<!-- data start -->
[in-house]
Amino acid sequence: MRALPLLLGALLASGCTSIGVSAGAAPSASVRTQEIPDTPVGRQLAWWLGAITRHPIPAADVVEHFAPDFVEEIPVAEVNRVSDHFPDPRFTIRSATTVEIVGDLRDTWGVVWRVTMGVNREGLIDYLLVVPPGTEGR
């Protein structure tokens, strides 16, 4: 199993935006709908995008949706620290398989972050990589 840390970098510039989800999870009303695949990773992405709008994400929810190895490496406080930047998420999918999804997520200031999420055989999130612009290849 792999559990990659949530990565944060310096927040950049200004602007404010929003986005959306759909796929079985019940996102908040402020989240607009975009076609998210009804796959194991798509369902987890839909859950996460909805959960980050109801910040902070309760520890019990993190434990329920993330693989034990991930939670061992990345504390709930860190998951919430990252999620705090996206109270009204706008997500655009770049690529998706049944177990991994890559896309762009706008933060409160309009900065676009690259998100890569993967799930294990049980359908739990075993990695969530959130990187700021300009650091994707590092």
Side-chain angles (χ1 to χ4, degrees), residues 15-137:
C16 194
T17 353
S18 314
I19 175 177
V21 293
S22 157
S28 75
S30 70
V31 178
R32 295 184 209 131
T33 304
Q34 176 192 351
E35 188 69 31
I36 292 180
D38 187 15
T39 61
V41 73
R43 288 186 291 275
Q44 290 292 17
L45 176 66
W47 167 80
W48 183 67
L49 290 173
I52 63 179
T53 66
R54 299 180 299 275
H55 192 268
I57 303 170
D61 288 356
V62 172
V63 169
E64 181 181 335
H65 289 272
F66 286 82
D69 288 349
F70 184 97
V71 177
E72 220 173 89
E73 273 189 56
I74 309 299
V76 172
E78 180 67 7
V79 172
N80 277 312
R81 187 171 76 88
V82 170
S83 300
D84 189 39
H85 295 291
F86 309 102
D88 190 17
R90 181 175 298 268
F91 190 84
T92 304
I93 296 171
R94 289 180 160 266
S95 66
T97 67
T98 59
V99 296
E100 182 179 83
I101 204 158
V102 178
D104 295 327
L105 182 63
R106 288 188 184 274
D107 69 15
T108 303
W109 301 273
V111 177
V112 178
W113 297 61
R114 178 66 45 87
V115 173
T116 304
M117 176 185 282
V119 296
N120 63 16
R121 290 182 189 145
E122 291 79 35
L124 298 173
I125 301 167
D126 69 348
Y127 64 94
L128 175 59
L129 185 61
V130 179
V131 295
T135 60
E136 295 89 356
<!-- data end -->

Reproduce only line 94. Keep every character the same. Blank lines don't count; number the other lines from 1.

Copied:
E136 295 89 356